Whilst Carroll's handling of individual suspense sequences is prosaic for the most part, he nonetheless crafts an intriguing and unorthodox narrative wherein multiple protagonists assemble pieces of a vast mystical puzzle. Top-billed Peter Riegert, of Local Hero (1983) fame, does not enter the film until the half hour mark but proves an engaging presence as the foul-mouthed, Pez candy-addicted cop who grows from skeptic to stalwart ally. Riegert's earthy cop forms part of a heroic triumvirate alongside Chris Young as the reluctant youngster and a broodingly charismatic Alexander Godunov (the former ballet dancer turned iconic villain in Die Hard (1988)) more compelling than Tim Ryan's smug show-off archaeologist who is less sympathetic than he should be.

The plot physicalizes the fear of stagnation and death inherent in heroine Marla, well-portrayed by underrated British actress Joan Severance. Marla's longing for change somehow spurs the beast Fenrir to serve as her unintentional agent of destruction that in turn entraps the other mortal players in an unfathomable cycle of death and rebirth. In its more potent moments The Runestone conveys a sense of cosmic dread vaguely similar to that found in the Italian zombie films of Lucio Fulci, minus the misogyny and gut-munching excess. Cinematographer Misha Suslov and editor Lynn Southerland contribute greatly to the interestingly fragmented and otherworldly atmosphere of the film, interweaving subtle symbolism with rubber monster mayhem. Anime fans may be surprised to discover the conceptual artist behind the designs for the bestial Fenrir was none other than legendary artist Gô Nagai, creator of Devilman among many others. Viewers will likely find the creature suit itself either hokey or effective depending on personal taste. Carroll wisely swathes Fenrir in shadows even when it is on screen, building an aura of menace. Despite an offbeat story-structure the film flows well with engagingly articulate characters, snappy dialogue and some very memorable moments (e.g. Fenrir ripping its way through a crowd of yuppies at a poncy conceptual art show; the cop impaled on a stake who performs a poignant sign of the cross as he lies dying; film noir veteran Lawrence Tierney as the police chief who maintains the culprit is "a maniac in a bulletproof dog suit"; the Clockmaker's aptly balletic showdown with the monster in another dimension). The finale deftly draws together all the threads subtly lain throughout the narrative in a manner both satisfyingly conclusive yet teasingly ambiguous. It also benefits from a fine score by David Newman supposedly inspired by Henry Mancini's soundtracks for classic Fifties monster movies Creature from the Black Lagoon (1954) and Tarantula (1955).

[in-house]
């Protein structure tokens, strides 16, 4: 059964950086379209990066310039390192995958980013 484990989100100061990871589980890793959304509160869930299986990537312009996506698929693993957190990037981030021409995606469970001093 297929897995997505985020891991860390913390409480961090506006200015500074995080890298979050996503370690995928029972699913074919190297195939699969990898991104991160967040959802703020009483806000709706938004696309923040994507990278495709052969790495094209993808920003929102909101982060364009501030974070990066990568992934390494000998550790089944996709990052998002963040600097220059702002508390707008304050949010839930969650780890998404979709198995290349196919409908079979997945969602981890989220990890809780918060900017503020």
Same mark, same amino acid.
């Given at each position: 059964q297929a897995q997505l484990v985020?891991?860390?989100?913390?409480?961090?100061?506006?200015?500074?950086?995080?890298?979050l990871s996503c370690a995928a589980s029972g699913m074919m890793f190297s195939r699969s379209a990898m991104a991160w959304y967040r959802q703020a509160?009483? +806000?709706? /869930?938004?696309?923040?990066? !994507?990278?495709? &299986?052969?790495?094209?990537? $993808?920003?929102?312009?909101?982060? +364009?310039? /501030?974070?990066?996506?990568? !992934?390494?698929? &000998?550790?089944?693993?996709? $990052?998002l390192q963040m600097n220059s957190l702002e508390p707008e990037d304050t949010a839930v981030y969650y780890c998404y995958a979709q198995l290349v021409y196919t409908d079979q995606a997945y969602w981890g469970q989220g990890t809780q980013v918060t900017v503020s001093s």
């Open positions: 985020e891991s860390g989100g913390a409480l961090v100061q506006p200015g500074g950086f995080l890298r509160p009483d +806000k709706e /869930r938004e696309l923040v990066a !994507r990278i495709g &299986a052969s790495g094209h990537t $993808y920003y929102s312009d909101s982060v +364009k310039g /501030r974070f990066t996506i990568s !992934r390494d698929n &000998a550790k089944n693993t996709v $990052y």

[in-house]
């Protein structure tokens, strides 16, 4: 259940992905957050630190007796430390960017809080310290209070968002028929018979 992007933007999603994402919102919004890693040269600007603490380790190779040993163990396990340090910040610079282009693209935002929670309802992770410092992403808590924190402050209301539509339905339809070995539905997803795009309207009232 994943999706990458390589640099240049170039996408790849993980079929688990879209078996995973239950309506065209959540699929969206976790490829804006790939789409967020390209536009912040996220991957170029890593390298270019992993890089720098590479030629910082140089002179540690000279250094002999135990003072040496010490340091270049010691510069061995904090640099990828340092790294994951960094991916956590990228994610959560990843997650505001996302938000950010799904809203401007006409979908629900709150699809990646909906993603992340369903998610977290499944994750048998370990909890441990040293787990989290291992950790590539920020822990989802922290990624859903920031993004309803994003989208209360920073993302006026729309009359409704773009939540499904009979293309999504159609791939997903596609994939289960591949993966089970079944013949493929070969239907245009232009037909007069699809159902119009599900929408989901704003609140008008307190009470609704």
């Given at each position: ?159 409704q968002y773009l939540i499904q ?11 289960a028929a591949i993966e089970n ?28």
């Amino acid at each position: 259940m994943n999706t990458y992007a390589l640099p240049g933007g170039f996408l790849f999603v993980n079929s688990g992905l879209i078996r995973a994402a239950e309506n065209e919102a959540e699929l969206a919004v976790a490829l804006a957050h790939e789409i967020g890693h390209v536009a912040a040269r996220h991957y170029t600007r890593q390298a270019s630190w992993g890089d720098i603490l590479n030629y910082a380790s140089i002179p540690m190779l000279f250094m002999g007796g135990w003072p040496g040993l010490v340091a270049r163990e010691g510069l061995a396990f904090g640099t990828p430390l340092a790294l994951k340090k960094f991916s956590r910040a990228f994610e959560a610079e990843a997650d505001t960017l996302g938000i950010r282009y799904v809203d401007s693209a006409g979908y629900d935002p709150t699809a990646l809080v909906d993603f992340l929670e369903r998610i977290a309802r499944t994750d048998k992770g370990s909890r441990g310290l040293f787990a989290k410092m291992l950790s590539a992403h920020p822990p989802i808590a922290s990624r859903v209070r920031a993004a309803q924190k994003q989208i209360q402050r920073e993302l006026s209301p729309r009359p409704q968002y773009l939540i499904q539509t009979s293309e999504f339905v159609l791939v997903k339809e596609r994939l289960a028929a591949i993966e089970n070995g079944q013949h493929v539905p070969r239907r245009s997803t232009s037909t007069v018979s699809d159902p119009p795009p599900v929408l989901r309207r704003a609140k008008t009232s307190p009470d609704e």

Reviewer: Andrew Pragasam

 

This review has been viewed 141 time(s).

As a member you could Rate this film

 
Review Comments (0)


Untitled 1

Login
  Username:
 
  Password:
 
   
 
Forgotten your details? Enter email address in Username box and click Reminder. Your details will be emailed to you.
   

Latest Poll
Which film has the best theme song?
Spectre
The Ups and Downs of a Handyman
   
 
   

Recent Visitors
Graeme Clark
Enoch Sneed
Stately Wayne Manor
Darren Jones
Paul Smith
  Jamie Nichols
Andrew Pragasam
George White
   

 

Last Updated: